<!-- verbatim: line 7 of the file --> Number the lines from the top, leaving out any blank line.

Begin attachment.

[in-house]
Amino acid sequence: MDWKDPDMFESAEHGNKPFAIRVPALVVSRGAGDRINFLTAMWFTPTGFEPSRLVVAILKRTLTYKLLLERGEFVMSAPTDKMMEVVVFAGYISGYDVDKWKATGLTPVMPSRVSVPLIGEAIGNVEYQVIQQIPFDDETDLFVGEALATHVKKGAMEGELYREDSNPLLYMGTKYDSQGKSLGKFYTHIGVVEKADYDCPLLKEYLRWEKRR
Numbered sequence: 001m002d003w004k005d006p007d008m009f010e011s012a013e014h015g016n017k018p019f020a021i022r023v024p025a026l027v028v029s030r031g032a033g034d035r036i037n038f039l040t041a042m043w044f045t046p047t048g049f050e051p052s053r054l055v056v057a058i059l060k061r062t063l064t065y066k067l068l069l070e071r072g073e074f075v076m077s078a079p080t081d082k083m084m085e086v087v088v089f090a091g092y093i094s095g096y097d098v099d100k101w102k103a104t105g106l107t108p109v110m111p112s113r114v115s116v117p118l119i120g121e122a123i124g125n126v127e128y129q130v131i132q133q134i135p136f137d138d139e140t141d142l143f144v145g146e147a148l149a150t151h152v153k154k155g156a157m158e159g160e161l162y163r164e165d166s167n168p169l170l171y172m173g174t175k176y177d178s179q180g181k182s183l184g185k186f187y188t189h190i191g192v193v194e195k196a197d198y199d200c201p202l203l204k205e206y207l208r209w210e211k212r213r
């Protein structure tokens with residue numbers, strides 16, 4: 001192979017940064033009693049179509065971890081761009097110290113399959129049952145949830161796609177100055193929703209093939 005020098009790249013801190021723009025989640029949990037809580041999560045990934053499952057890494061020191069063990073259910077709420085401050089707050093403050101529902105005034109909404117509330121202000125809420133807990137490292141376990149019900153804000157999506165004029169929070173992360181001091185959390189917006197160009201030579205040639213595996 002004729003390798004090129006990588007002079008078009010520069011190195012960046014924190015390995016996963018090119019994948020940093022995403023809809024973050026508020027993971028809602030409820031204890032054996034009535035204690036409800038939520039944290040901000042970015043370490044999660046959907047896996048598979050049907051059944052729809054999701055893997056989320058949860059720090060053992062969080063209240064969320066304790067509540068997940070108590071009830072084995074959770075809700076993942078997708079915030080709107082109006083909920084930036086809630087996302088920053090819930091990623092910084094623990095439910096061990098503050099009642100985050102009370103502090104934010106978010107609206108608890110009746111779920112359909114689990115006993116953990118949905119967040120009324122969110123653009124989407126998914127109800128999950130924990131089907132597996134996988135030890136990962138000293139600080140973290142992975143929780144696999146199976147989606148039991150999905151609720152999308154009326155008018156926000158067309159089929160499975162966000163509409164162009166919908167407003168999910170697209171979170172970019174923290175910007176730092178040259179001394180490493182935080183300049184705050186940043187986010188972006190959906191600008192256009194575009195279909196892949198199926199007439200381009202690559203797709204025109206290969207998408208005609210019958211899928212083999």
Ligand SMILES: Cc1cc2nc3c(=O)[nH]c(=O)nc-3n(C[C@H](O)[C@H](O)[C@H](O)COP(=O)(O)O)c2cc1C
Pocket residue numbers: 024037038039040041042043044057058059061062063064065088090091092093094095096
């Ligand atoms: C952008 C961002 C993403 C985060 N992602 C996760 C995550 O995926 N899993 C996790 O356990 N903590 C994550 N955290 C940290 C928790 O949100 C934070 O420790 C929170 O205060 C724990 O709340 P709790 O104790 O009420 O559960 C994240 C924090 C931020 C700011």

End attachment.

């Ligand atoms: C952008 C961002 C993403 C985060 N992602 C996760 C995550 O995926 N899993 C996790 O356990 N903590 C994550 N955290 C940290 C928790 O949100 C934070 O420790 C929170 O205060 C724990 O709340 P709790 O104790 O009420 O559960 C994240 C924090 C931020 C700011």